The 41st District: Steve Glazer

The 41st District: Steve Glazer

Editorial: Why L.A. needs a larger City Council

Losing the U.S. Representative for the 39th District after a redistricting lawsuit forced Los Angeles to redraw his district has left us without a single member of the U.S. House. And, despite many challenges, the city of Los Angeles was able to achieve a better district for the 42nd district. In this editorial, we will take a look at the new U.S. Representative from the 41st District, Steve Glazer, and ask what we could do to improve things.

Steve Glazer represents the 41st Congressional District in the U.S. House of Representatives. The 41st district has a long history of support for the Democratic Party in Los Angeles and some of its current representatives have served and continue to serve in Congress from this district.

Most importantly, California is the second most populous state in the U.S. After California, Texas is the most populous state. It is also the most diverse with an estimated 65 percent of the population being people of color (in addition to the state’s 4.2 million Asians, for example). California and Texas are both members of the so-called Sunbelt, or the Sun City, which includes the states of Florida, South Carolina, and Texas. And, as you can see from the 41st District map below, this district is quite diverse with large urban areas, suburban areas, and some rural land-uses.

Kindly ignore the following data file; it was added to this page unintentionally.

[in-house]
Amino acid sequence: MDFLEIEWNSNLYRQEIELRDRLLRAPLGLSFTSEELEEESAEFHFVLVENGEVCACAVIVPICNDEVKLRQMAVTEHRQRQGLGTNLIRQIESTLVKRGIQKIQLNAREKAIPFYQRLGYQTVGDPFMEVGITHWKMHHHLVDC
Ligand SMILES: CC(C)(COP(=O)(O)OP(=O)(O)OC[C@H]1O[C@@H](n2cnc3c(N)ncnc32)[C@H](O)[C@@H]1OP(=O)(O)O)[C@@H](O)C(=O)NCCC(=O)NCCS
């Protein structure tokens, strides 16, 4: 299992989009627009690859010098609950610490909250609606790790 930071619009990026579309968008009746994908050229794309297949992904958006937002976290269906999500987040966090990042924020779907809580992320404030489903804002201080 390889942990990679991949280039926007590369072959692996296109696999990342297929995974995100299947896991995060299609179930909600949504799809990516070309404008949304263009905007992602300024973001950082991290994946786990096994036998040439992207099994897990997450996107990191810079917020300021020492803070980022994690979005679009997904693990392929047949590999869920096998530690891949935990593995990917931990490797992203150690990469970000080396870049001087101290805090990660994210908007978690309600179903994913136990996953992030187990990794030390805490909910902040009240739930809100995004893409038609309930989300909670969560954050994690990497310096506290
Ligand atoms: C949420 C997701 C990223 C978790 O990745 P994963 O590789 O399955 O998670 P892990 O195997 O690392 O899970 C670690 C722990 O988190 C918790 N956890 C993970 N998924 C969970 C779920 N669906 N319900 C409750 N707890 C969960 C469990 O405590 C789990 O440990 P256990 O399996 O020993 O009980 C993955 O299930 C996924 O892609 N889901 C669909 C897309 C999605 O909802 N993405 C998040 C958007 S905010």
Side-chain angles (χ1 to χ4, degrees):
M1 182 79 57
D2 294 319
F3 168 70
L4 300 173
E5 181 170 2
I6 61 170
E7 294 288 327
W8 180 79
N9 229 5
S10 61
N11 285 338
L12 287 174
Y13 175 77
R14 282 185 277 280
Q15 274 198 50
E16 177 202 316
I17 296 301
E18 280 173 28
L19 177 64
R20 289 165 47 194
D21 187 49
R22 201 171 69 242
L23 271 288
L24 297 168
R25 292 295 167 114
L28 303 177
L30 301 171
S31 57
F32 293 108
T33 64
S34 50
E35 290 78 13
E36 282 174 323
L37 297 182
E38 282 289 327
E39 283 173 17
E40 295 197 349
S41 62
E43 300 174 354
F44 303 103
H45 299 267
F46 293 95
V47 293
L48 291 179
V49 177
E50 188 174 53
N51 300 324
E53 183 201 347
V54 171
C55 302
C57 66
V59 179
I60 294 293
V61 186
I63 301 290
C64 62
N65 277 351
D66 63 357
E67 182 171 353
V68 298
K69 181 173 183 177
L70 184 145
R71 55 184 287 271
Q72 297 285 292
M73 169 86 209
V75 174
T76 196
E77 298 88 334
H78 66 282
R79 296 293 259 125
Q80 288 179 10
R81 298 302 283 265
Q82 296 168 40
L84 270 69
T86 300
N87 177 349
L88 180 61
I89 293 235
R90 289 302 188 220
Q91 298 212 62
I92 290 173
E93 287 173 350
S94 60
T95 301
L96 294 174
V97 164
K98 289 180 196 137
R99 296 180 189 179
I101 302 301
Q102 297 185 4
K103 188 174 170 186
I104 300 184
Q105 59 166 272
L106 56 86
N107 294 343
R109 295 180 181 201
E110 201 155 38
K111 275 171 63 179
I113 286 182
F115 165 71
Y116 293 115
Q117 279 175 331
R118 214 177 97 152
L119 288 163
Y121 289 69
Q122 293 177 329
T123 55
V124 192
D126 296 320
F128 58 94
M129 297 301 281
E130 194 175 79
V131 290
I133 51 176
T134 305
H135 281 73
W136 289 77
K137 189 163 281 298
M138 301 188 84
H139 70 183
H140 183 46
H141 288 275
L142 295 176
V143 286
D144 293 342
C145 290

The 41st district includes the cities of Pasadena, Westwood, Santa Monica, and many other small town and rural land-uses. This district would be very difficult for a representative from a rural area to represent if they were not representing the large cities of Los Angeles and other large areas of the state. There are just over 200,000 people in the 41st District. They are not a miniscule minority.

Also, if they had difficulty representing a district that was majority minority, we could say that they were struggling to represent a district that was majority Latino. And, as we’ve seen in California, while a majority Latino vote does not always translate to a majority in the U.S. House, it

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